Thales Blog

Building a Quantum-Safe Blockchain Today

January 31, 2023

Robert Masterson Robert Masterson | Senior Partner Marketing Manager More About This Author >

Public-key cryptography is used to establish a distributed consensus of trust, which is essential for financial Blockchain solutions. While the chain itself is relatively secure, the “wallets” at the endpoints have already been demonstrated to be "hackable," and quantum computing techniques will further expose the network to fraudsters and criminals.

In the near to medium future, emerging quantum computers aimed at conventional algorithms could disrupt existing digital security standards employing what is known as a storage attack. Storage attacks entail a hostile actor stealing from vulnerable blockchain addresses, such as ones in which the public key of the wallet is displayed on the public ledger.

Solana incident highlights blockchain vulnerabilities

Examining the impact of a recent incident affecting Solana, an increasingly popular blockchain, noted for its quick transactions, reveals the scope of the threat. During this security compromise, Solana users reported that cash was stolen from "hot" wallets connected to the internet. The loss is projected at approximately $8 million.

This hack only affected "hot" wallets, which are always linked to the internet and allow users to store and send tokens effortlessly. The nature of the breach is unknown; however industry professionals have noted that the transactions were correctly signed, indicating that the vulnerability could be a "supply chain attack" that compromised the private keys of users.

Quantum-safe wallets as a mitigation

The solution to the blockchain wallet vulnerabilities problem is to create quantum-safe crypto wallets secured by post-quantum cryptography (PQC) algorithm approved by NIST. On July 27, 2022, 01 Communique announced a Proof-of-Concept (“PoC”) for a quantum-safe blockchain which supports smart contracts while retaining ultra-fast throughput. The IronCAP solution comprises a quantum-safe wallet with QNT (“Quantum Native Token”) as the underlying “quantum-safe coins” running on Solana blockchain.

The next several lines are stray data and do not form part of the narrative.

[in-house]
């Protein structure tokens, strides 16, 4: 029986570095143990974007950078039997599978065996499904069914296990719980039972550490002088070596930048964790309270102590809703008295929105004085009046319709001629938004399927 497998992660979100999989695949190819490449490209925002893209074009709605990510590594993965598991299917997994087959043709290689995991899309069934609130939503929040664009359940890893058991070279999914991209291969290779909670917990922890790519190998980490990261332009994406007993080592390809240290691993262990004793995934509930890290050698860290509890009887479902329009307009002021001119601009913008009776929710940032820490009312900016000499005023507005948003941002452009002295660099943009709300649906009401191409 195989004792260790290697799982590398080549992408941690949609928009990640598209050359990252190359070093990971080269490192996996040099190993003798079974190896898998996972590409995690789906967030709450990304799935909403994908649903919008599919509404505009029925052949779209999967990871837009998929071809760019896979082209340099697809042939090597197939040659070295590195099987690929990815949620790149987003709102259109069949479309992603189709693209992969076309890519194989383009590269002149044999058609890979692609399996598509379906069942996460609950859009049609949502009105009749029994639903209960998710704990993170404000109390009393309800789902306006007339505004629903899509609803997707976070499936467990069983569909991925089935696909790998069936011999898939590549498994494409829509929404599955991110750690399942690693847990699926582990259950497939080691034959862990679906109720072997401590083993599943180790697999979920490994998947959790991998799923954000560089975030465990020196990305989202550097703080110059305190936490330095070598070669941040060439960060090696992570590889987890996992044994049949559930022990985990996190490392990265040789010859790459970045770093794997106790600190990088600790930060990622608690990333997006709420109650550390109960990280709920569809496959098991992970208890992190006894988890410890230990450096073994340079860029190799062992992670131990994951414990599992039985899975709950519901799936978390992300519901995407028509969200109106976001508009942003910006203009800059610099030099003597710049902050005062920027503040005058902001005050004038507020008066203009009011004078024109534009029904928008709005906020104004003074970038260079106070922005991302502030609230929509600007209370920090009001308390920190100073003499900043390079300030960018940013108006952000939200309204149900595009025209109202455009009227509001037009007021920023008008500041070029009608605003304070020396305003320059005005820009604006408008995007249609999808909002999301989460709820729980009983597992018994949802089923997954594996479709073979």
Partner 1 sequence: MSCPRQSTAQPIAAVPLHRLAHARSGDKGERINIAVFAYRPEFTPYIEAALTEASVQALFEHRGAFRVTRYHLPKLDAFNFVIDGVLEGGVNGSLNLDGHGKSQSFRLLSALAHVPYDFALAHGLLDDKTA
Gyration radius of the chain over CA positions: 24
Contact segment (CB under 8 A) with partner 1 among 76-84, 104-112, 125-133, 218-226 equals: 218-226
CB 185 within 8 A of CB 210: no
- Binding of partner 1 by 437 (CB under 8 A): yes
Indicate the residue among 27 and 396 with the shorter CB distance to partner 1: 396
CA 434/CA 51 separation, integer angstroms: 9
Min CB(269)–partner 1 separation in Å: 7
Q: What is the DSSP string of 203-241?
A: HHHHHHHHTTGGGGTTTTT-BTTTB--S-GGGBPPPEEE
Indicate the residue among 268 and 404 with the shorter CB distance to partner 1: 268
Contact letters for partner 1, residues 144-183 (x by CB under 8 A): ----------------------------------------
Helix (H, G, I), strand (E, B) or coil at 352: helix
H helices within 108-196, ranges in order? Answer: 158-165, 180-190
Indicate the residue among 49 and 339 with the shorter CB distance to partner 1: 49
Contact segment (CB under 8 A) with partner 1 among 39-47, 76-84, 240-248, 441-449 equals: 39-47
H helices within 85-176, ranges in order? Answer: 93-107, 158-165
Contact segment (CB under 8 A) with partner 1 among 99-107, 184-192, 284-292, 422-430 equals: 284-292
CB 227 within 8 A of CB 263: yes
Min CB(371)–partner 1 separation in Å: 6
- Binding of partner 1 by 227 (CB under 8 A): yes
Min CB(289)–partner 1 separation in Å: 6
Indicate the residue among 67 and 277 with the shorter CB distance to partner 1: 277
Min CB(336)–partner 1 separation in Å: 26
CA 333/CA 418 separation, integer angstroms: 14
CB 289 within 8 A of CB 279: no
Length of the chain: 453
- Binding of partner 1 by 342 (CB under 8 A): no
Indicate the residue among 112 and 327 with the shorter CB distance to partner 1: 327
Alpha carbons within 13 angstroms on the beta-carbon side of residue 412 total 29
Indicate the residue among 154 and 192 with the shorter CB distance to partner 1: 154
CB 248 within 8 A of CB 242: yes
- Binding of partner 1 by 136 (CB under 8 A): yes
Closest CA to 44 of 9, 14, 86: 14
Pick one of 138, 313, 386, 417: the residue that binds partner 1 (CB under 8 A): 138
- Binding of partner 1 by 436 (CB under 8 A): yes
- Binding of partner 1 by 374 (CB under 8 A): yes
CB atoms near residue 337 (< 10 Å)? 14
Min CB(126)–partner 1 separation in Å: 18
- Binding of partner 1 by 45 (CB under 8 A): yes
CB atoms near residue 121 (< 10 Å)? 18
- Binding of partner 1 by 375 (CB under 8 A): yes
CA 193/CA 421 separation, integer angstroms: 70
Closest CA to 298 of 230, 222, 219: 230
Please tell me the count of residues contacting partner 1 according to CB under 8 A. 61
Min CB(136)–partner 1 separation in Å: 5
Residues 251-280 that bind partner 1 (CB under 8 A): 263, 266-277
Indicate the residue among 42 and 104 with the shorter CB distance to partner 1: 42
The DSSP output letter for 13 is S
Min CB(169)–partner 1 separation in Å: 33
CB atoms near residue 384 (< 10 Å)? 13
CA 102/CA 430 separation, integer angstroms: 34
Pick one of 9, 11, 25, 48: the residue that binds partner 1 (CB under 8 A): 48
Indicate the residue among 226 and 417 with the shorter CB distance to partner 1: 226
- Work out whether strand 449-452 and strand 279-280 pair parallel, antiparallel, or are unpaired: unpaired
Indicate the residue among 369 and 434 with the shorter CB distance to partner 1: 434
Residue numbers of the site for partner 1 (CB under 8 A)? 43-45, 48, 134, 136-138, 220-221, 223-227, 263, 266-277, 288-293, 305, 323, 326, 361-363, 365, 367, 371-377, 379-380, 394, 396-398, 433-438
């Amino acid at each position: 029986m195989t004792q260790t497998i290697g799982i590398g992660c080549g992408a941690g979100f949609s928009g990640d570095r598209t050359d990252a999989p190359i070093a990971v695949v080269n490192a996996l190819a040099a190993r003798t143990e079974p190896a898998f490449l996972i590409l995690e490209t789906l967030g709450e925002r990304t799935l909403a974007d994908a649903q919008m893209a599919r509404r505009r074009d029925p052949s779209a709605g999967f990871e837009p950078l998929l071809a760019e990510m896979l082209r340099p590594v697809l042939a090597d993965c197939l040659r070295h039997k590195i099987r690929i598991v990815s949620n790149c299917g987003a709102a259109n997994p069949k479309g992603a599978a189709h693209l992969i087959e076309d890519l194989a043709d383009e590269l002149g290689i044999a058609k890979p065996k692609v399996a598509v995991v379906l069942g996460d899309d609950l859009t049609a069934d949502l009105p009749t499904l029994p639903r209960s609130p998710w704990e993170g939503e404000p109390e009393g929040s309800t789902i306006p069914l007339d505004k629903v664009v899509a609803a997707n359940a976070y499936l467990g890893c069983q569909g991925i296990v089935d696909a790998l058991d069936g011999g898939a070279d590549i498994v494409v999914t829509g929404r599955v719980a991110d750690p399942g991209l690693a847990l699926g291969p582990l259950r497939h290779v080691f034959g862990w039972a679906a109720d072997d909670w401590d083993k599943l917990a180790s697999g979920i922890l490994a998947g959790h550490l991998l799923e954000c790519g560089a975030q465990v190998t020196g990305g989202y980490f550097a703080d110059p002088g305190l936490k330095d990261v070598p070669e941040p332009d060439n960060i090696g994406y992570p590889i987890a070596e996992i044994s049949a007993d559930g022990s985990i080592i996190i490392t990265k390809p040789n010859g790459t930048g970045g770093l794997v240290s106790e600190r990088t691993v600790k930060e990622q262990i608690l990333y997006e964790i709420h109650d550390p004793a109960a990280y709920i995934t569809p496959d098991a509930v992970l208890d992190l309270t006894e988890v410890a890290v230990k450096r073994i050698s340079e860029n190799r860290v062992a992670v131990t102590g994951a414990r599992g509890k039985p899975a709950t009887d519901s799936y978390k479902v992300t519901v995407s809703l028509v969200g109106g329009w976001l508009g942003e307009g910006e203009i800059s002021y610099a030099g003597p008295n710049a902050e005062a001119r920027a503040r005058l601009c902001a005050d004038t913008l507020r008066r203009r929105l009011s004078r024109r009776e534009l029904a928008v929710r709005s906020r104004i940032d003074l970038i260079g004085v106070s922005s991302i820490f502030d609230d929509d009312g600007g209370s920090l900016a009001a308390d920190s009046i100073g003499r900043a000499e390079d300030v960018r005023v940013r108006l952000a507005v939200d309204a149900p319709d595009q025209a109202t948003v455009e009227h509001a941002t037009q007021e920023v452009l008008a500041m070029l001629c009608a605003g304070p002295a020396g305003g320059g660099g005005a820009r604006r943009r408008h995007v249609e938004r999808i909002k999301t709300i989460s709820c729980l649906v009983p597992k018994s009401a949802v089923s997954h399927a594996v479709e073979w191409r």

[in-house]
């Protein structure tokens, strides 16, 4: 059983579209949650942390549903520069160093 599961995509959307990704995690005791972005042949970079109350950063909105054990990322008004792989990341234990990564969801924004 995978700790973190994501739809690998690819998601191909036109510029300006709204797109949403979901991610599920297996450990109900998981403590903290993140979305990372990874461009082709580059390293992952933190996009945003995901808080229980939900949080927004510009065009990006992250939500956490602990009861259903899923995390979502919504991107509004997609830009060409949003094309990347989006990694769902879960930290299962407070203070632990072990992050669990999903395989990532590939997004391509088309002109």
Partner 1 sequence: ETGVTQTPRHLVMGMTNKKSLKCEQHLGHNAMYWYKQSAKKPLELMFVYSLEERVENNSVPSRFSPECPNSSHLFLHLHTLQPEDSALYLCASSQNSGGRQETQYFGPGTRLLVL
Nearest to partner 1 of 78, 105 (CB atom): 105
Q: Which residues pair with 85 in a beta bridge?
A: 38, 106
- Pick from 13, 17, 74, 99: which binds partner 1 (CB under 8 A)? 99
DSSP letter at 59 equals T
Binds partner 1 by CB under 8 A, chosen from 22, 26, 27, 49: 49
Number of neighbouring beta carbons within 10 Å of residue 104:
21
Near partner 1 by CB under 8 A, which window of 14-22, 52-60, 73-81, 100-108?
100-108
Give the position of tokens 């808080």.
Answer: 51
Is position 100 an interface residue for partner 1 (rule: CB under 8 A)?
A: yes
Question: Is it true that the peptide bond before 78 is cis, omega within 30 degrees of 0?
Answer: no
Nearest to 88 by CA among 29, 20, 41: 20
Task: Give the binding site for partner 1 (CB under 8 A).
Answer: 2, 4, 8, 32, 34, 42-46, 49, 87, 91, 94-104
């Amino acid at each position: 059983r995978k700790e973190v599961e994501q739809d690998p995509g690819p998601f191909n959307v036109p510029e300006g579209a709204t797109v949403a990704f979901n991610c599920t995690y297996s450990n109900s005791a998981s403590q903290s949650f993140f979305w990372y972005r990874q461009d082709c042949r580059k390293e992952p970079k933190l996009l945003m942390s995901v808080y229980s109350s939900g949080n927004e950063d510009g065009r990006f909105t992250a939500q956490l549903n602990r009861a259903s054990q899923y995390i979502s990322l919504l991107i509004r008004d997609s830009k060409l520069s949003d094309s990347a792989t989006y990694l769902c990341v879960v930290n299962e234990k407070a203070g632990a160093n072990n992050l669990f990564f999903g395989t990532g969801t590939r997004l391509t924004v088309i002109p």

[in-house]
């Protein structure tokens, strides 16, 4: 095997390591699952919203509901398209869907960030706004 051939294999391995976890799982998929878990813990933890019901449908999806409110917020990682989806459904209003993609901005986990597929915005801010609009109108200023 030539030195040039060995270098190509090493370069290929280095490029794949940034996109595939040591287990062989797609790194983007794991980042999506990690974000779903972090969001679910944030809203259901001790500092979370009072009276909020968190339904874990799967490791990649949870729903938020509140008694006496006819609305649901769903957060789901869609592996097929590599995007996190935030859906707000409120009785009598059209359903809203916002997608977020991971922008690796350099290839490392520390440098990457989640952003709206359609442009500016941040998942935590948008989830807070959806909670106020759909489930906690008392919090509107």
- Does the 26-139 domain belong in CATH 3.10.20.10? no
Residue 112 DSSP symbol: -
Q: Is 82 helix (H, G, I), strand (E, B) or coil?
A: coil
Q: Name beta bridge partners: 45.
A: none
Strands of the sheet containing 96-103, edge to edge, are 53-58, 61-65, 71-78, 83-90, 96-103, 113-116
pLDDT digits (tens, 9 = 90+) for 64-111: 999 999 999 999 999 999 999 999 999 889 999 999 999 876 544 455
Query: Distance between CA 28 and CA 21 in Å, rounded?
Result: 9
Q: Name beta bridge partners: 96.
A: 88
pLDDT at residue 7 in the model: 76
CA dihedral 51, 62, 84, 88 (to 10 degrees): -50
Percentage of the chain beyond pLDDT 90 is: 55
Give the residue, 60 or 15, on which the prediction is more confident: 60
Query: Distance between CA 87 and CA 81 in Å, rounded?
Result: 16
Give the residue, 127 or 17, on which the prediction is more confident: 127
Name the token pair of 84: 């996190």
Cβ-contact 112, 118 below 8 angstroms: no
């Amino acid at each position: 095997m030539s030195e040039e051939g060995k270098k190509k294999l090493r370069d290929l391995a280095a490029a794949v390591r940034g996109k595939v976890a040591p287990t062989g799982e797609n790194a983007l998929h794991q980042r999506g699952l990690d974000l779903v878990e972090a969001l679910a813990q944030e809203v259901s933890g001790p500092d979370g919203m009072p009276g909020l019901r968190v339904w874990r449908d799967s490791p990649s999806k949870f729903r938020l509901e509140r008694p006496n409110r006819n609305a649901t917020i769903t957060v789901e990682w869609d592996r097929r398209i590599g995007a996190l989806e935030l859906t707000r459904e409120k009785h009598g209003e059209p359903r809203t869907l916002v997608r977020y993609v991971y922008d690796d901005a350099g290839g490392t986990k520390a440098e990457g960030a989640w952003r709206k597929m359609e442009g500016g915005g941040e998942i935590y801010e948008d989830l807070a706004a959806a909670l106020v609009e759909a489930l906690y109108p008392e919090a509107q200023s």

“We have incorporated our IronCAP into a wallet and, ensuring the endpoint is quantum safe. This technology is independent of the type of blockchain in use and can be easily adapted by other public blockchains such as Bitcoin, Ethereum, as well as private business blockchains,” said Andrew Cheung, CEO of 01 Communique, in a press release.

IronCAP technology is protected in the U.S.A. by its patent #11,271,715. A demo of the solution can be found at

How Thales Luna HSM integrates with IronCAP

Thales Luna Network Hardware Security Module together with the optional Luna Functionality Mode (FM) allows you to customize your Luna Network HSM's functionality to suit the needs of your organization. Functionality Modules consist of your own custom-developed code, loaded and operating within the logical and physical confines of a Luna Network HSM. Custom functionality provided by these FMs can include:

  • new cryptographic algorithms, such as the post-quantum ones selected by NIST
  • security-sensitive code, isolated from the rest of the HSM environment
  • keys and critical parameters managed by the FM, independent from standard PKCS#11 objects, held in tamper-protected persistent storage

IronCAP FM for Luna HSM is designed to allow users of Thales Luna HSM, via industry standard of PKCS#11 interface, to seamlessly utilize IronCAP’s quantum-safe cryptographic functionalities such as key generation, digital signature, signature verification, encryption, decryption, etc. Users of Thales Luna HSMs can take full advantage of the benefits from both worlds allowing Luna HSM’s to safely store private keys while using IronCAP to achieve all the quantum-safety crypto operations.

IronCAP for Luna consists of two main components: IronCAP FM and IronCAP PKCS#11 interface.

  • IronCAP-FM resides in the Luna Network HSM. It contains the IronCAP library for post-quantum cryptography, serving as an extension to legacy cryptography support within the Luna FM.
  • IronCAP’s PKCS#11 interface resides in the client system. This provides an API to crypto functions: key generation, key import/export, data encryption and decryption, data signing and signature verification for both legacy mechanisms, as well as post-quantum mechanisms from IronCAP.

If you want to learn more about how Thales Luna HSM facilitate quantum-safe blockchain today, download the IronCAP case study.